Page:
The final climb brought us to the top of the 1240m peak but this was not even halfway through the actual hike, I chose not to mention this to my friend. At the top of Gajisan, on what was a warm and mostly clear autumn day, we were greeted with an incredible view across all directions. Mountain peaks and receding horizons contrasted with the bright blue sky as far as we could see. After queuing with other hikers for some mandatory photos we began the hike that followed the ridge north before stopping for a snack on one of the notable rocky outcroppings that overlooked the view towards Ulsan in the east.
The undulating ridge trail lasted for a few kilometres before we began the knee-bursting descent. Although not particularly steep it was certainly relentless with few plateaus. The ground was skiddy, the dried and crumbling mud providing a surface that required cautious attention. It was quite a relief to reach the outside grounds of the temple, neither of us had much desire to look inside and we followed the exit road to the main entrance gate and then crossed over to a small bus station. We had decided on our descent that we did not relish the long journey on the number 12 bus from Eonyang back to Busan so we decided to catch a bus from outside the temple to Ulsan KTX station and then take the rapid KTX service back to Busan. At the KTX station we even had twenty minutes to grab some cheap Korean food to fill our grumbling stomachs.
On reflection this is a good hike, it only takes in one remarkable peak and can be accomplished in half a day if you can keep a good pace up. The views from the summit are quite breathtaking, as much of those in the Yeongnam Alps are, if you are interested in the route we took you can check the GPS recording here: http://www.mapmyhike.com/workout/760095549 I am of the understanding that you can turn this into a longer hike that ends in Unmunsa a temple to the north-east although I think you would have to then travel to Miryang to find any suitable transport to any of the respective cities in the region.
|Windy road to Kulen mountains|
|Over not-so-safe bridges|
|To reach the 1000 Lingas in Kulen mountains|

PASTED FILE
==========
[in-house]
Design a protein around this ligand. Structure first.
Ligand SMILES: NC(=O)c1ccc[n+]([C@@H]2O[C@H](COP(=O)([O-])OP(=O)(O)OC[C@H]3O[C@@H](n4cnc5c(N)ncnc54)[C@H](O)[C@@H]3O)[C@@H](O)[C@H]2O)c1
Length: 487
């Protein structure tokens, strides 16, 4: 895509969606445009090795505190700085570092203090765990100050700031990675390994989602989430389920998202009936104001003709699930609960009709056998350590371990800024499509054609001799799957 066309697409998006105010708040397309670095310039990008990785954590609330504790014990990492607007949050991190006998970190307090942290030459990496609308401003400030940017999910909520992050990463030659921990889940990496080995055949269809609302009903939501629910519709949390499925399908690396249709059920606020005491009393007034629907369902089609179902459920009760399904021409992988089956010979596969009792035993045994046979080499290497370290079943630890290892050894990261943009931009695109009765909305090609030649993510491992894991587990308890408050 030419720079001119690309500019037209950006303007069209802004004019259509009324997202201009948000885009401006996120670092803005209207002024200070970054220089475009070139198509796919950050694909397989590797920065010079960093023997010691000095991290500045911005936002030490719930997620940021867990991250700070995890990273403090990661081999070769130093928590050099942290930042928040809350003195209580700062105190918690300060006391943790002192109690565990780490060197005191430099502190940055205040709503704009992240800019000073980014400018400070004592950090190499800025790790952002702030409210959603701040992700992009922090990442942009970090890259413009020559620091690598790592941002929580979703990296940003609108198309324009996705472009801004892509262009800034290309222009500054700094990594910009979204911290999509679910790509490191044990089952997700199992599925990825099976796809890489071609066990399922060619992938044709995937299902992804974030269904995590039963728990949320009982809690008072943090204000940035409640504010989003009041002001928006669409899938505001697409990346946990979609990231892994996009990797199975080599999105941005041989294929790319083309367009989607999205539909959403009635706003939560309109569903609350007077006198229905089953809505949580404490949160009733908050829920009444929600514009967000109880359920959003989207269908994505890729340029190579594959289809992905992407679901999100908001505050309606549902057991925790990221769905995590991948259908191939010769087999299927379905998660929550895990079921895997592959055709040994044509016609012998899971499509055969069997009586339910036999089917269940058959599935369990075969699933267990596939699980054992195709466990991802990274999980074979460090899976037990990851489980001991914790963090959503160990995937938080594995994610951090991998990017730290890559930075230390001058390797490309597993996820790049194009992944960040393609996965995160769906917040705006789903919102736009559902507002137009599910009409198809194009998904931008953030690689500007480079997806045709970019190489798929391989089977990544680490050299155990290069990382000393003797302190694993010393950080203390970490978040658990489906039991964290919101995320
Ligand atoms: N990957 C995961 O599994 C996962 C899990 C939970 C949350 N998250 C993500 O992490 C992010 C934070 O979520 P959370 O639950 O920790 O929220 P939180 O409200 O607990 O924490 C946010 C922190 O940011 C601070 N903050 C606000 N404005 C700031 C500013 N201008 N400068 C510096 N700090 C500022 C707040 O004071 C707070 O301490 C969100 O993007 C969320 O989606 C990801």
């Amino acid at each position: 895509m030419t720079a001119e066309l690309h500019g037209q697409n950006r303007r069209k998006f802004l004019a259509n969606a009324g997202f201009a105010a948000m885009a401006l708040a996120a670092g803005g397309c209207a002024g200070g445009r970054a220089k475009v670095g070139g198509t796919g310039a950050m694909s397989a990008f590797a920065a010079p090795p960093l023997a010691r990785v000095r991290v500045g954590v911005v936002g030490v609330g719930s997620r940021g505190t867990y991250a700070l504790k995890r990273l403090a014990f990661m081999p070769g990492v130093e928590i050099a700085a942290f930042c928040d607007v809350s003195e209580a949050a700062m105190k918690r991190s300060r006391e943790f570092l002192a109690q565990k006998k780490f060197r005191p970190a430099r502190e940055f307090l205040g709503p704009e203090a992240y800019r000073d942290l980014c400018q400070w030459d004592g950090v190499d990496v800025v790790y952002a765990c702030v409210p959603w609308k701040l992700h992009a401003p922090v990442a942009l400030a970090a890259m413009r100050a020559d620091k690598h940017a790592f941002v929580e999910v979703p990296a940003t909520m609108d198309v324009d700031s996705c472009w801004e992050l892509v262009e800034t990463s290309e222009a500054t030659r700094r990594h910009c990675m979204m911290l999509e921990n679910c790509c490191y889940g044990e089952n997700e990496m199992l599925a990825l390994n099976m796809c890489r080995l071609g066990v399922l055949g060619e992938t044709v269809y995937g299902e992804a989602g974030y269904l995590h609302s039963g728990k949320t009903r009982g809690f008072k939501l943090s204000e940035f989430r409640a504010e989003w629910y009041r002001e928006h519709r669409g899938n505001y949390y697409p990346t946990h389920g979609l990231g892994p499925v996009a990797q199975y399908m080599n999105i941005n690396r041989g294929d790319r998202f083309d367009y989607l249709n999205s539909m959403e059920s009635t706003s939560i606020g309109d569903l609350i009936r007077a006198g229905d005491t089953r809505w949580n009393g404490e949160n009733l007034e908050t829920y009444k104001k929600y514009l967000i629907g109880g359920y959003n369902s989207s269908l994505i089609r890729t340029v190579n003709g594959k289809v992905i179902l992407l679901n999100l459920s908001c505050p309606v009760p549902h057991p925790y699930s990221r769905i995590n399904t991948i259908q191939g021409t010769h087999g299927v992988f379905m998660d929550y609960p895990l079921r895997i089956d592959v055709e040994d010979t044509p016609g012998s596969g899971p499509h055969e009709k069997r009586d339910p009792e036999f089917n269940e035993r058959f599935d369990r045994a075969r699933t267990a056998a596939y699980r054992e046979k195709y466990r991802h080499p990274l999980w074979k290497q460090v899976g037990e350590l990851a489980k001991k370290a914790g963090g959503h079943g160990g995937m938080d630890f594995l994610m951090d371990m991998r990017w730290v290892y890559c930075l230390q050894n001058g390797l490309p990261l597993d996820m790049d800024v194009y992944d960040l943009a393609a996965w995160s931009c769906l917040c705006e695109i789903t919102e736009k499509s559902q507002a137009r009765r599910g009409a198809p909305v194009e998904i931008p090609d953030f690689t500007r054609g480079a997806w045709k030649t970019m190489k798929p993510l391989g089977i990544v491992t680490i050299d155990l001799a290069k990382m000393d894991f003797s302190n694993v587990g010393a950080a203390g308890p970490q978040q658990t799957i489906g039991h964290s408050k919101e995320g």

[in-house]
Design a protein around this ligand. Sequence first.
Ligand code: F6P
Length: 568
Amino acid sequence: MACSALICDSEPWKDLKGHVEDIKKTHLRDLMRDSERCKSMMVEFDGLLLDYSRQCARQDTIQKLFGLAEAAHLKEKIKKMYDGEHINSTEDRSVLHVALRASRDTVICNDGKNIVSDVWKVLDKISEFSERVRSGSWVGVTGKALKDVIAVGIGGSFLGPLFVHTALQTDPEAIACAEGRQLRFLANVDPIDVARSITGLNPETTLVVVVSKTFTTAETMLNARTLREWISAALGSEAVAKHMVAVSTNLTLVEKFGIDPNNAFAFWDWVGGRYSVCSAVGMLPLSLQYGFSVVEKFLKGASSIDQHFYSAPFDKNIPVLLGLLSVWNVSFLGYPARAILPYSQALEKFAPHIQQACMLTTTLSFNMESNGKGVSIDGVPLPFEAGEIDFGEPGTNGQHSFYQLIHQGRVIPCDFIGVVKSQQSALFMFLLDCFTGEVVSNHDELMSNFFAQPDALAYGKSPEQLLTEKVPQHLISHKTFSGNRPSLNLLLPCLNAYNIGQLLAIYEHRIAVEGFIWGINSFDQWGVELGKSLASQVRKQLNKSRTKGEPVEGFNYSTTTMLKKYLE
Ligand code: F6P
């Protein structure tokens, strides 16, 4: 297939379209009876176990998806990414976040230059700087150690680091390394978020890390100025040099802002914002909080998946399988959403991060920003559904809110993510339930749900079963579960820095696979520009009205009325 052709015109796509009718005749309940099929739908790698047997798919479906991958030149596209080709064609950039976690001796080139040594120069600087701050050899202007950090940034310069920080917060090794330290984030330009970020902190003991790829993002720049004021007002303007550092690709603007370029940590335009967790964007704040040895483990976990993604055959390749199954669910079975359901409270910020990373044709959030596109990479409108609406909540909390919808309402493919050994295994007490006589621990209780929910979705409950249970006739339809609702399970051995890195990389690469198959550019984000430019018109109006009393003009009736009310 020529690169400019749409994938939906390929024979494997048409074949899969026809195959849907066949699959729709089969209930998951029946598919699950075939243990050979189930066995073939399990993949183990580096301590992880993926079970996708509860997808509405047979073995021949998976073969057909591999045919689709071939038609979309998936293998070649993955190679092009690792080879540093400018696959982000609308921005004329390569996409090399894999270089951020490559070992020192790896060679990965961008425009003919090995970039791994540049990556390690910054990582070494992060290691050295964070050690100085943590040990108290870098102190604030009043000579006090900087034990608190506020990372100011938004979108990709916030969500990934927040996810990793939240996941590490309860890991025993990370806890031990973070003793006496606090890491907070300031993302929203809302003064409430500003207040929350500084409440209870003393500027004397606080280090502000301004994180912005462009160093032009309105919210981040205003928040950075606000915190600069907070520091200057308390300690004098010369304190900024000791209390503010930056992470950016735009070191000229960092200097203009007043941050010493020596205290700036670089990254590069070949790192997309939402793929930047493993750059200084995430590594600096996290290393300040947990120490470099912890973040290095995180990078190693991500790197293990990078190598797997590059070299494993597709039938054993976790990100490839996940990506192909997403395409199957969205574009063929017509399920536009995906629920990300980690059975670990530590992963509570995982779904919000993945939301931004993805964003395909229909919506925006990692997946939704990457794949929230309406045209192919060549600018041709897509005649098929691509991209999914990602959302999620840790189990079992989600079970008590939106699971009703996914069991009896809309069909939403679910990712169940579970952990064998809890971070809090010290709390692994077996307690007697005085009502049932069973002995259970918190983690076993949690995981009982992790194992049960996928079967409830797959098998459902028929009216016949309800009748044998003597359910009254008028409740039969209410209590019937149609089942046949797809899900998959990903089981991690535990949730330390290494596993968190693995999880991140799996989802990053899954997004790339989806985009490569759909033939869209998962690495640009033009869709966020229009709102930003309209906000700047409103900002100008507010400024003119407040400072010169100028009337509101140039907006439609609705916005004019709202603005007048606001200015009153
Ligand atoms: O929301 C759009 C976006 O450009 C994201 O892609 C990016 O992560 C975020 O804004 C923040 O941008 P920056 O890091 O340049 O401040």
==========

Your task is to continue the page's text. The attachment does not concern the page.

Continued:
|But the drive was so worth it to see the river meandering through the lush forest in Kulen mountain|
|After focusing on the river for a bit, i was able to see the squarish dark bumps under water. These are the Lingas. |
People are not allowed to wet their feet, walk over or take a bath on the 1000 Lingas- That would be disrespecting the Gods. But there is two fold waterfall downstream that the people can enjoy the blessed water. It was quite surprising to see that despite that fact that there was just a small rope and a small sign saying that people were not supposed to swim there, there was absolutely no one trespassing. The water was crystal clear and tasted good. (You are allowed to drink the water - that is like prasadam/ theertham)
|The holy water from the 1000 Lingas blesses the people who take a bath in the waterfall|
|The larger, and relatively unsafe but amazing waterfall where we had a wonderful bath|
|The rickety bridge experience at Kulen mountains|
N for Not -so-safe bridge
|Roasted Frogs, street food in Cambodia|
|There is lotus all around in Cambodia. I am moving here after I retire.|
|Cute little girl hard at work.|
|Huge Buddha on top of the mountains|
|The temple nicely perched on top of the hill.|
|What a view from the top of the hill|
|Resting place when we reached the bottom|
Reflective Teaching Blog Challenge – Day Five: Post a picture of your classroom. Describe what you see, and what you don’t see that you’d like to.
So, this is the classroom I teach in! Er, rather, these are the classrooms I teach in. At my school, the students stay in the same room while all of the teachers rotate throughout the day. As a result, neither myself nor my fellow teachers has a subject-designated classroom. However, every room is equiped with a tv monitor and computer cable, as well as ethernet, so using PowerPoints and the internet on my school laptop for class is no problem. My students and I also interact with the chalkboard quite a bit. The desks and chairs are very lightweight, so they move easily, allowing for relatively quick restructing of class set-up. And a wall of windows overlooking the play yard lets in plenty of natural light during the day, so the kids don’t feel quite like they’re in a dungeon, at least!